Visual arts learning is key not only to the development of students’ imagination, expression, and observational skills, but to their cognitive developmental as well. EdSparks Collective is a one-of-a-kind, 12-session professional development program for all those interested in exploring the full potential of the visual arts to transform student learning. It is supported by the Wipro Foundation.
Each workshop session is carefully designed to gradually build participants capacity to design and implement enriching educational interventions that use visual arts to foster 21st century learning and life skills in children. No prior experience in art or art education is needed to participate.
Click here to learn more about 21st century learning and life skills.
ArtSparks Foundation has impacted over 9,000 children and through EdSparks Collective we are committed to sharing our methodology with a wider audience.
Our past participants have included all those involved in raising and educating children, namely:
Some of the non-profit organizations that have participated in
EdSparks Collective Program in a Nutshell:
EdSparks Collective is supported by the Wipro Foundation
Fundamentally the classroom belongs to children and it is their voice, their expression that should reverberate in the air. Usually in my math and language class, no matter how hard I try to create a space for children where they can take the lead, the teacher in me still plays a substantial and loud role in the class. However, in the arts, the teacher could almost become redundant and children naturally take the lead. As a teacher it was really liberating to become a facilitator who had the least to do in the class. Coming to my understandings of the arts, my own experience with it was extremely limited, but my interest was massive. However, I was unaware of the explorative approach to art. As I explored the paint and paper myself during the EdSparks sessions, I realized its true power. The explorations helped me when I was making something. I was more confident in putting down my ideas because exploration prepared me for the battle. It was also overwhelming for me to understand how much breaking down of art-making into scaffolds could help enrich the process, giving the necessary pause between increasing complexity, allowing children to learn and reflect deeply. I have used scaffolds on a regular basis in my math and language class. Doing it in art was a fascinating act. Apart from all this, the technicality of the process of art-making and the methodology to facilitate meaningful sessions was something I had to equip myself with. For instance using the Socratic method of asking questions so students find out their own answers. For instance, when I asked why are we drawing very light lines initially and then darkening it later, some children could figure out the answer themselves. In totality, the belief that everyone can become an arts educator is germinating gradually in my heart.
I had already been looking for an inclusive art-based intervention when I came to the EdSparks workshop. I imagined it would be possible to create an environment in which every child would learn and thrive, irrespective of their skill level. When I came to the workshop, I had a feeling that this is what I had been looking for. This belief was strengthened even more as we came to the first module. I was quite excited to see the outcomes of the ALP, even though I wasn’t quite sure what it’d be like. My biggest discovery was an inclusive intervention like this works a little bit like a library – everyone reads the same book or listens to the same story, but every child takes away something different from it. Every child during the ALP was working on a collage project, but I see could every one of them blossom differently and at the same time the group evolved as a whole.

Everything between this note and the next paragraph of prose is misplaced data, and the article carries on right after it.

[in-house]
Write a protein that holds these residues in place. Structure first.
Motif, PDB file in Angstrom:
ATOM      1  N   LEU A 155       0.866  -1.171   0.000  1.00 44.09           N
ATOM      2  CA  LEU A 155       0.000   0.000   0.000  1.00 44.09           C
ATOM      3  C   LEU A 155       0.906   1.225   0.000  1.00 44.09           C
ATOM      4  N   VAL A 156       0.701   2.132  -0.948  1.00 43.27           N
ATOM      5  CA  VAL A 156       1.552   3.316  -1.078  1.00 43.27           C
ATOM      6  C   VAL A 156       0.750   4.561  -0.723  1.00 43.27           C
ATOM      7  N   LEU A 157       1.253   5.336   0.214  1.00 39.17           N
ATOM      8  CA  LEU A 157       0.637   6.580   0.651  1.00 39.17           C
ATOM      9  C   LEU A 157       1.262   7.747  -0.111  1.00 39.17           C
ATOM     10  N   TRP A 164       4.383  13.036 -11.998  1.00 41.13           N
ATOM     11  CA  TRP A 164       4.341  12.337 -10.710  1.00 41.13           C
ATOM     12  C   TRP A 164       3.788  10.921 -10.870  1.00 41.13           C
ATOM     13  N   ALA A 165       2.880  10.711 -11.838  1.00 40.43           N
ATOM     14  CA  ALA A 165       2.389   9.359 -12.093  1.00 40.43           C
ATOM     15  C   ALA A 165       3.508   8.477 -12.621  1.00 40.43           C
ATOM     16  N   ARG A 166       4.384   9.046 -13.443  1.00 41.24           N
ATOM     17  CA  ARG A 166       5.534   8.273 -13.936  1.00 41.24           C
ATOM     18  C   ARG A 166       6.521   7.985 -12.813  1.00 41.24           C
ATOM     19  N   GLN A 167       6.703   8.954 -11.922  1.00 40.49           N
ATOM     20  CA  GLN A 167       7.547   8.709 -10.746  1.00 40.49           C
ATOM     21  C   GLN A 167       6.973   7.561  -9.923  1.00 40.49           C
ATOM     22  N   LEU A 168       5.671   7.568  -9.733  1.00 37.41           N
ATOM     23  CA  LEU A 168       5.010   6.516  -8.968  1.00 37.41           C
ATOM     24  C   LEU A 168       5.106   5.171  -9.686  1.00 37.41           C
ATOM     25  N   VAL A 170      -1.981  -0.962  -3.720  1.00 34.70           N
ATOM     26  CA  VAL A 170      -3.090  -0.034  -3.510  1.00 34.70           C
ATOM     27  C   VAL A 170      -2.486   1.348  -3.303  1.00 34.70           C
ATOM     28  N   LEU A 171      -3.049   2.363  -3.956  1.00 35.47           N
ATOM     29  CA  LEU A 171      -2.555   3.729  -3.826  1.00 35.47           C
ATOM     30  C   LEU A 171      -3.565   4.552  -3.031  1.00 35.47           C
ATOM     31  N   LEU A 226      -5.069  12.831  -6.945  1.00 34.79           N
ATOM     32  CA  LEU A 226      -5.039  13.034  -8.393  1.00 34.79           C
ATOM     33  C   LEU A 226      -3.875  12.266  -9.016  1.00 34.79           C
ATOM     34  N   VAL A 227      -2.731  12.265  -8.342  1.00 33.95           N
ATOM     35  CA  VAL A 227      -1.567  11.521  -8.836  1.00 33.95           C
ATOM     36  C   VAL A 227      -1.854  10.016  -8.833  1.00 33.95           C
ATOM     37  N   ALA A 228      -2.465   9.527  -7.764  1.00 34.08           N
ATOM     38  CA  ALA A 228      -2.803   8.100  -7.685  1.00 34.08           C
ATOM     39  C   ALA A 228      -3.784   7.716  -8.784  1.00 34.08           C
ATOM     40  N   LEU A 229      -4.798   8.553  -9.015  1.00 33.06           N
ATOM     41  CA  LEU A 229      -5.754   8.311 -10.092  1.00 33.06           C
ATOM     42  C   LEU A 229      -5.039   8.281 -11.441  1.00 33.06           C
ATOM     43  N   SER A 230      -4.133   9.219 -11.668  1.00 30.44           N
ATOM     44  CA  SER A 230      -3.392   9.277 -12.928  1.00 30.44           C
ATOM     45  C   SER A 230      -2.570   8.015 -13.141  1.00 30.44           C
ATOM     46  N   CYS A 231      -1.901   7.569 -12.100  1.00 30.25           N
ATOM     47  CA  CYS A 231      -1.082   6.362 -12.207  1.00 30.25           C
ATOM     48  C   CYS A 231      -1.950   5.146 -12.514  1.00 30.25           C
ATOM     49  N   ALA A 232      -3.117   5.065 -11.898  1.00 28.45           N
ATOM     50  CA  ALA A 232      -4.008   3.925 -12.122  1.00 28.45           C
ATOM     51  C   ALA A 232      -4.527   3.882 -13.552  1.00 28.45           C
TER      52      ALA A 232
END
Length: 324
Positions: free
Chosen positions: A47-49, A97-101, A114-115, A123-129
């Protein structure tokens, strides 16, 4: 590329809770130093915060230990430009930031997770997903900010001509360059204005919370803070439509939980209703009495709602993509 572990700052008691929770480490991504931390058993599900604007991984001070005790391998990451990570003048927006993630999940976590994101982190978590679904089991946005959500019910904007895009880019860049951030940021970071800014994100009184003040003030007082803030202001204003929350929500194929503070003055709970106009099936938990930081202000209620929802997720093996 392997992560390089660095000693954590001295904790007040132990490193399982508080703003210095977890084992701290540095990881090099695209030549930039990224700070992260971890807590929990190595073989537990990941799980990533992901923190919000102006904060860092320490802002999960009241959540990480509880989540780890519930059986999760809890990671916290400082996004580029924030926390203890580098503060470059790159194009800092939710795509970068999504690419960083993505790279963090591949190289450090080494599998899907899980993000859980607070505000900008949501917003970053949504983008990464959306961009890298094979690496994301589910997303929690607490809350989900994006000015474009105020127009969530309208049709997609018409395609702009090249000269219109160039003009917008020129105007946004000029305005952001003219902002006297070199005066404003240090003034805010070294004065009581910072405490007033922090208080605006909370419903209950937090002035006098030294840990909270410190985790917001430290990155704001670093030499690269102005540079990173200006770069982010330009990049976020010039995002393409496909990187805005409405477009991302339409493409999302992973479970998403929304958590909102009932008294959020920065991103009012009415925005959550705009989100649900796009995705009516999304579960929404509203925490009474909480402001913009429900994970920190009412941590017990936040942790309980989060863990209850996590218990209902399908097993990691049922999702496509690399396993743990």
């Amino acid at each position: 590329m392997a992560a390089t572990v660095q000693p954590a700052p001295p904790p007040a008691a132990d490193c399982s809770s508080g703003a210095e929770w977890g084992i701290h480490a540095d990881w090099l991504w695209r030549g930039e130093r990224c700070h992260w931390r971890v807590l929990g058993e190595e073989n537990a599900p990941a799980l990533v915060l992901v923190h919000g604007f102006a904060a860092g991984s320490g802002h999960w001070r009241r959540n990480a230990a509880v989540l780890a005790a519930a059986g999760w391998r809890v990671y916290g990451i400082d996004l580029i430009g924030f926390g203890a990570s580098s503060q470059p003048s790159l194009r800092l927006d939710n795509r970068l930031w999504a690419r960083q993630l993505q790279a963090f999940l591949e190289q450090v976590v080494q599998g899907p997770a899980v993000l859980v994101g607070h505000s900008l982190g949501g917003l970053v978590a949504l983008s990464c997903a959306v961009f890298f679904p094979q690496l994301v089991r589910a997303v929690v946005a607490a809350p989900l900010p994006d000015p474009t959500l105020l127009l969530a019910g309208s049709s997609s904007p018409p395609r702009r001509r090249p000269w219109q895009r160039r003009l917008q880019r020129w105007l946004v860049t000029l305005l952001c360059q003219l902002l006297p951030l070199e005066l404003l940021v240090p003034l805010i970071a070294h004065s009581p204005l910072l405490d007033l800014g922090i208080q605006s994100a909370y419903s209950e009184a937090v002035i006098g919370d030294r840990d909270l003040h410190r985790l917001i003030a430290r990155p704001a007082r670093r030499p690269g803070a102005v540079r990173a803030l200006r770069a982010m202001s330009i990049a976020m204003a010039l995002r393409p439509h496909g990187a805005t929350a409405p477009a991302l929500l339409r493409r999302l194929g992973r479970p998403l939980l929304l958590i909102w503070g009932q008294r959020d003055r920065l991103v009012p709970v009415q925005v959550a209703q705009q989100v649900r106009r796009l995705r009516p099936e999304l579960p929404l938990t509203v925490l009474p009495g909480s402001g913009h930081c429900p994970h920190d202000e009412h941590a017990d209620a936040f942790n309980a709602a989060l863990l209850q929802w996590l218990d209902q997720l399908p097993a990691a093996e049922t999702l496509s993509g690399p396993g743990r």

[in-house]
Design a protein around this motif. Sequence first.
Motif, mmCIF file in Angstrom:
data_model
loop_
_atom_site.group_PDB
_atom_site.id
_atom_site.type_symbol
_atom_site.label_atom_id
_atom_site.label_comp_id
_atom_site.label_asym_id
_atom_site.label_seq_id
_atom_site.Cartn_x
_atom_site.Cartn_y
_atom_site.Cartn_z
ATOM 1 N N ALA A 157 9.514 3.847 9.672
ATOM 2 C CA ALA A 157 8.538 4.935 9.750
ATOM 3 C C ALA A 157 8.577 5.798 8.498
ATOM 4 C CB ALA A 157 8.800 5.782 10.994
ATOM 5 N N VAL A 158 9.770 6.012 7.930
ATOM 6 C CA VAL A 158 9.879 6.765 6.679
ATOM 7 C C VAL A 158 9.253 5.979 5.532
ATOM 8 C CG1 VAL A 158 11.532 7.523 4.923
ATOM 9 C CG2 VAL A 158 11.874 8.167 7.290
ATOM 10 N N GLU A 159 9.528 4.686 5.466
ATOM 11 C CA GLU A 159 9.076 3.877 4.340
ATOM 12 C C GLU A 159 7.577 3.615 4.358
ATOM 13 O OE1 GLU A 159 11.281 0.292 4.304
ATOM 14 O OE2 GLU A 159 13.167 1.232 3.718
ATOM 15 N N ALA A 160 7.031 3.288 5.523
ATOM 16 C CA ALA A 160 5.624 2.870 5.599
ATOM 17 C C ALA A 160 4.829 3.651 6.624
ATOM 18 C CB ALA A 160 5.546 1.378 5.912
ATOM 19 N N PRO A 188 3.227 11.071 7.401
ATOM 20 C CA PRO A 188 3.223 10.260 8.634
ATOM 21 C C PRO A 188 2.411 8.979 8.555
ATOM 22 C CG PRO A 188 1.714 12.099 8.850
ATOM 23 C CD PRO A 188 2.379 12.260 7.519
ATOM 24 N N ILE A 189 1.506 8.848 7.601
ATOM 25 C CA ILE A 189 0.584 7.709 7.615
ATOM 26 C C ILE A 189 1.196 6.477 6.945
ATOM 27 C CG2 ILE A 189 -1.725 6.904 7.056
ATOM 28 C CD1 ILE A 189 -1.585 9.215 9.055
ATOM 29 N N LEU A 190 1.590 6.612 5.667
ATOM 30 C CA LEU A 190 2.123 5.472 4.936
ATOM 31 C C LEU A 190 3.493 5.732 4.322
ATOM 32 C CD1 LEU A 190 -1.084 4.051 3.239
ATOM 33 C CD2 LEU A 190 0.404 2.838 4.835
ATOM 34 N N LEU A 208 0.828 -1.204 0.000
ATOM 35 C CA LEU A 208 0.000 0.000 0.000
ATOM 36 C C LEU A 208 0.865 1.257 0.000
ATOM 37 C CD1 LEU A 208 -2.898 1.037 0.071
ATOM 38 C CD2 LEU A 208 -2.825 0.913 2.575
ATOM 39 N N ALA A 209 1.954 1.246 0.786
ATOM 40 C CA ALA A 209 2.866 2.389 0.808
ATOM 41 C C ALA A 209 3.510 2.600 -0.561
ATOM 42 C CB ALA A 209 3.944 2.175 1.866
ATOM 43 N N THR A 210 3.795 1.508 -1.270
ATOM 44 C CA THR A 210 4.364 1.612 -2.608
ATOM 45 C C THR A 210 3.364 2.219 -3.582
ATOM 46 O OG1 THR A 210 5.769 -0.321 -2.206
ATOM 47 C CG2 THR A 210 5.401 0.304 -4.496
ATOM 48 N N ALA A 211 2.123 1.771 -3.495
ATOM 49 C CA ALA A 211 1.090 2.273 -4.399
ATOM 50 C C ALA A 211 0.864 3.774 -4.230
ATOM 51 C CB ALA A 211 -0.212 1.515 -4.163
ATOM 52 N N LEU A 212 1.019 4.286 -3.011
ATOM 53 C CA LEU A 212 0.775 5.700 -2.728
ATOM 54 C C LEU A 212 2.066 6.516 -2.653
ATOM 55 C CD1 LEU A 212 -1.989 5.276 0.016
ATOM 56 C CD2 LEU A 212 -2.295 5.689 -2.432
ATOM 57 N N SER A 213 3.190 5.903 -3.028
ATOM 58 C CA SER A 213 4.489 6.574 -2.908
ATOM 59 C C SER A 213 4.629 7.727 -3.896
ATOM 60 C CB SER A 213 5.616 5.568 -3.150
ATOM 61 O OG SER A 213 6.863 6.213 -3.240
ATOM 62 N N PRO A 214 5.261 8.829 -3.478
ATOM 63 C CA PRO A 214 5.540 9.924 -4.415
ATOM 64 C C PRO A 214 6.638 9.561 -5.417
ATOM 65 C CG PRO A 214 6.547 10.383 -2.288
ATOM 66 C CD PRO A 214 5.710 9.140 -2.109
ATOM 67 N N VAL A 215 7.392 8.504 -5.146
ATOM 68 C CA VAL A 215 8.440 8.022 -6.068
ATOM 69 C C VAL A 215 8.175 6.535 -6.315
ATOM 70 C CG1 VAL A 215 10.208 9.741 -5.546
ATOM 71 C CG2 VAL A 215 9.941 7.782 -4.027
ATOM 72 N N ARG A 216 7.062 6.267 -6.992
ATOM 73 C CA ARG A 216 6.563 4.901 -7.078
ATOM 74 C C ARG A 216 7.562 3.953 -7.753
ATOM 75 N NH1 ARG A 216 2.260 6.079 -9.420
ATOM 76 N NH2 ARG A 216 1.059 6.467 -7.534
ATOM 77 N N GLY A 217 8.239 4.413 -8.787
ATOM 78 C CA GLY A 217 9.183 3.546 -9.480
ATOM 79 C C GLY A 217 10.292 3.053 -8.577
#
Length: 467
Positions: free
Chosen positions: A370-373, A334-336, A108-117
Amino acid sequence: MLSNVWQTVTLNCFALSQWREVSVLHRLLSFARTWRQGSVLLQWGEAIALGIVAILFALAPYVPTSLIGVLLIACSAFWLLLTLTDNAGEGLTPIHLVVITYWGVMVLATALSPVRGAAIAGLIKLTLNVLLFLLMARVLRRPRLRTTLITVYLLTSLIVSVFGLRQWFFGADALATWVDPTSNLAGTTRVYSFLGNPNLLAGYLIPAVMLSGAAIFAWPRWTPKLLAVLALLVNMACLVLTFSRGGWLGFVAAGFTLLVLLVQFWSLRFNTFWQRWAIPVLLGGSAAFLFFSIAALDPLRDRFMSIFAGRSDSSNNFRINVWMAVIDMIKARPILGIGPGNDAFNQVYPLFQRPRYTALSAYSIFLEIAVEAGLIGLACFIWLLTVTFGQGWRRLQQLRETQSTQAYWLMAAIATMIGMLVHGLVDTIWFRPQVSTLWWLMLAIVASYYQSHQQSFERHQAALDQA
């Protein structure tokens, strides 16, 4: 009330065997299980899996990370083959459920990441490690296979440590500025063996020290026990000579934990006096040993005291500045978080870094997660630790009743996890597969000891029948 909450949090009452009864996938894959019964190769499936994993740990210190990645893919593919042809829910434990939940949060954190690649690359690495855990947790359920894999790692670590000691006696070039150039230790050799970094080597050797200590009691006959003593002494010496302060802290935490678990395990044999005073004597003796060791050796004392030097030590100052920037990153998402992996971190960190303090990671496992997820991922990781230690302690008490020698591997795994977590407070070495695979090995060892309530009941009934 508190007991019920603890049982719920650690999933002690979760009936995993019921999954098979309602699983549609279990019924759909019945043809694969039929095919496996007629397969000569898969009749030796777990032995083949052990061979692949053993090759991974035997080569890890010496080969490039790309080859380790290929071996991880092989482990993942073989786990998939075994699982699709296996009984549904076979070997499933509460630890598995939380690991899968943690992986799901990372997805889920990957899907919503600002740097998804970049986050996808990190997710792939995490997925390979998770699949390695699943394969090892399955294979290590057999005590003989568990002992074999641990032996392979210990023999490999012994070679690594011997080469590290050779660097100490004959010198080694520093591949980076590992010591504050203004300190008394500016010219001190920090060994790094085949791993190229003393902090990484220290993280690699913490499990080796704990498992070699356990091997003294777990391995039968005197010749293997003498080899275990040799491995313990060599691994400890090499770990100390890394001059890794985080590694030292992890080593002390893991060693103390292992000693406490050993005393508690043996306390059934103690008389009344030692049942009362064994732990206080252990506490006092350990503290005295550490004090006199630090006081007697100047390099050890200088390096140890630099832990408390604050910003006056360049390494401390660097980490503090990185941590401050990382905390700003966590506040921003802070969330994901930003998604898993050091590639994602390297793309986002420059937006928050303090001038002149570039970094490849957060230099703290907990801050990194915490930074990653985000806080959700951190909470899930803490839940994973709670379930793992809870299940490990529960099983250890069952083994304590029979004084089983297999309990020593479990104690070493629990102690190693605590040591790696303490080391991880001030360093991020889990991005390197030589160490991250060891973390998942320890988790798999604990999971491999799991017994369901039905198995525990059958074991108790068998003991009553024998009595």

—Ruchi, Let's Open a Book
I think the biggest change I see in my understanding of arts-based interventions is deep appreciation for robust processes and time. I feel like I really understand why we needed 7 sessions and why they needed to be at least an hour long. I am able to better appreciate the step by step process that the ALP emphasizes. Even though we experienced this during the first week of the course, I was apprehensive of how this would work in a school setting with students. I felt students may get bored or schools may not allow for this much time but after the ALP I definitely think this process is valuable and has so many takeaways for the children and the facilitator. I realized how important the demo sessions were for students. The check for understanding also revealed how and what students remembered and recalled. This allocation of dedicated time for arts-based education is important and it is essential to convince schools of the benefits, both explicit and implicit. A few sessions in, the class teacher of the group we worked with said, 'I can see they are learning manners, they are beginning to respect each other.' She saw her students begin to take turns, ask for materials instead of snatching it away—there is still a lot of work to be done but it was a beginning she was happy to notice. EdSparks’ celebration of Arts as a means to gain and hone 21st century learning and life skills is ingenious! I perhaps did not fully comprehend the potential of the arts until I went through the ALP. It was fascinating to watch how skills of close observation, creative risk-taking, and collaboration gradually developed in the group as they progressed through the sessions. Art education offers so much; each child has the opportunity to make their own meaning of the processes and explorations and find joys in little discoveries; from learning how cut circles to rolling paper to making a curly tail!
—Roshni, Nature Conservation Foundation
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